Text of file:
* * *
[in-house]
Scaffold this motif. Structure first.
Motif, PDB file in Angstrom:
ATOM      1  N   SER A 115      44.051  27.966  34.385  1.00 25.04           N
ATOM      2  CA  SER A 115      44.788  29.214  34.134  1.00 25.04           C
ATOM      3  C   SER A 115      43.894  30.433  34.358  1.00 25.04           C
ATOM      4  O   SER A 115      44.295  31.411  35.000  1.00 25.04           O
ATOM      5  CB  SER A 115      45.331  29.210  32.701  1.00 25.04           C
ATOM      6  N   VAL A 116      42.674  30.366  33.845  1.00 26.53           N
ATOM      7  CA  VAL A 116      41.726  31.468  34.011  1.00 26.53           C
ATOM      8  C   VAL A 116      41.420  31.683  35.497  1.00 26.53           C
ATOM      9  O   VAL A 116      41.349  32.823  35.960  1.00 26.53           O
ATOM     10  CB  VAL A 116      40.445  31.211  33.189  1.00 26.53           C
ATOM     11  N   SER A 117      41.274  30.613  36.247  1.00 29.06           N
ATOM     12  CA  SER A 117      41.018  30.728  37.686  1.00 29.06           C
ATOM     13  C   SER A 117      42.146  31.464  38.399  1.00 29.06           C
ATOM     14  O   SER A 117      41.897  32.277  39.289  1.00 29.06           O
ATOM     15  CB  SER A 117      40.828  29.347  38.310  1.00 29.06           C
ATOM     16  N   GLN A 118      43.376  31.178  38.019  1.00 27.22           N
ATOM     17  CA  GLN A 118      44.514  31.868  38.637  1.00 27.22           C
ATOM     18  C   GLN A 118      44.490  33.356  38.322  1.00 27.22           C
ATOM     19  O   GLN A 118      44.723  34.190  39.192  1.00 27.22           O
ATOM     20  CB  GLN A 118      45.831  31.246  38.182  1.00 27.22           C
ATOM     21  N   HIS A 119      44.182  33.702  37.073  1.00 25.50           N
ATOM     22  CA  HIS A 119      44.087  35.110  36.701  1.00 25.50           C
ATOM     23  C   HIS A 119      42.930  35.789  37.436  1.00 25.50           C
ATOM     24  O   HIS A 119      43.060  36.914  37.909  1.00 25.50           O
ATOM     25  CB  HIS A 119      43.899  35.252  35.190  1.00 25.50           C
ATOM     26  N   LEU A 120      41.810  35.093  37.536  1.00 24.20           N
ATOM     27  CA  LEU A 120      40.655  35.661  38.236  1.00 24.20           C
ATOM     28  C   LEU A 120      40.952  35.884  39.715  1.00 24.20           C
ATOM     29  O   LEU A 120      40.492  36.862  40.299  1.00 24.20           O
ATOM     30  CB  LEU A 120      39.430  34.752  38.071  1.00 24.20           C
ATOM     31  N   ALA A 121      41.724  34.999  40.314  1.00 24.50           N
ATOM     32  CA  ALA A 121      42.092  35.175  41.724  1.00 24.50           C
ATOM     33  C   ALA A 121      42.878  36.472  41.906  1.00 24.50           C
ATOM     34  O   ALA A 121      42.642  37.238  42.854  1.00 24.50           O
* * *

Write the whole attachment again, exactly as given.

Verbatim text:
[in-house]
Scaffold this motif. Structure first.
Motif, PDB file in Angstrom:
ATOM      1  N   SER A 115      44.051  27.966  34.385  1.00 25.04           N
ATOM      2  CA  SER A 115      44.788  29.214  34.134  1.00 25.04           C
ATOM      3  C   SER A 115      43.894  30.433  34.358  1.00 25.04           C
ATOM      4  O   SER A 115      44.295  31.411  35.000  1.00 25.04           O
ATOM      5  CB  SER A 115      45.331  29.210  32.701  1.00 25.04           C
ATOM      6  N   VAL A 116      42.674  30.366  33.845  1.00 26.53           N
ATOM      7  CA  VAL A 116      41.726  31.468  34.011  1.00 26.53           C
ATOM      8  C   VAL A 116      41.420  31.683  35.497  1.00 26.53           C
ATOM      9  O   VAL A 116      41.349  32.823  35.960  1.00 26.53           O
ATOM     10  CB  VAL A 116      40.445  31.211  33.189  1.00 26.53           C
ATOM     11  N   SER A 117      41.274  30.613  36.247  1.00 29.06           N
ATOM     12  CA  SER A 117      41.018  30.728  37.686  1.00 29.06           C
ATOM     13  C   SER A 117      42.146  31.464  38.399  1.00 29.06           C
ATOM     14  O   SER A 117      41.897  32.277  39.289  1.00 29.06           O
ATOM     15  CB  SER A 117      40.828  29.347  38.310  1.00 29.06           C
ATOM     16  N   GLN A 118      43.376  31.178  38.019  1.00 27.22           N
ATOM     17  CA  GLN A 118      44.514  31.868  38.637  1.00 27.22           C
ATOM     18  C   GLN A 118      44.490  33.356  38.322  1.00 27.22           C
ATOM     19  O   GLN A 118      44.723  34.190  39.192  1.00 27.22           O
ATOM     20  CB  GLN A 118      45.831  31.246  38.182  1.00 27.22           C
ATOM     21  N   HIS A 119      44.182  33.702  37.073  1.00 25.50           N
ATOM     22  CA  HIS A 119      44.087  35.110  36.701  1.00 25.50           C
ATOM     23  C   HIS A 119      42.930  35.789  37.436  1.00 25.50           C
ATOM     24  O   HIS A 119      43.060  36.914  37.909  1.00 25.50           O
ATOM     25  CB  HIS A 119      43.899  35.252  35.190  1.00 25.50           C
ATOM     26  N   LEU A 120      41.810  35.093  37.536  1.00 24.20           N
ATOM     27  CA  LEU A 120      40.655  35.661  38.236  1.00 24.20           C
ATOM     28  C   LEU A 120      40.952  35.884  39.715  1.00 24.20           C
ATOM     29  O   LEU A 120      40.492  36.862  40.299  1.00 24.20           O
ATOM     30  CB  LEU A 120      39.430  34.752  38.071  1.00 24.20           C
ATOM     31  N   ALA A 121      41.724  34.999  40.314  1.00 24.50           N
ATOM     32  CA  ALA A 121      42.092  35.175  41.724  1.00 24.50           C
ATOM     33  C   ALA A 121      42.878  36.472  41.906  1.00 24.50           C
ATOM     34  O   ALA A 121      42.642  37.238  42.854  1.00 24.50           O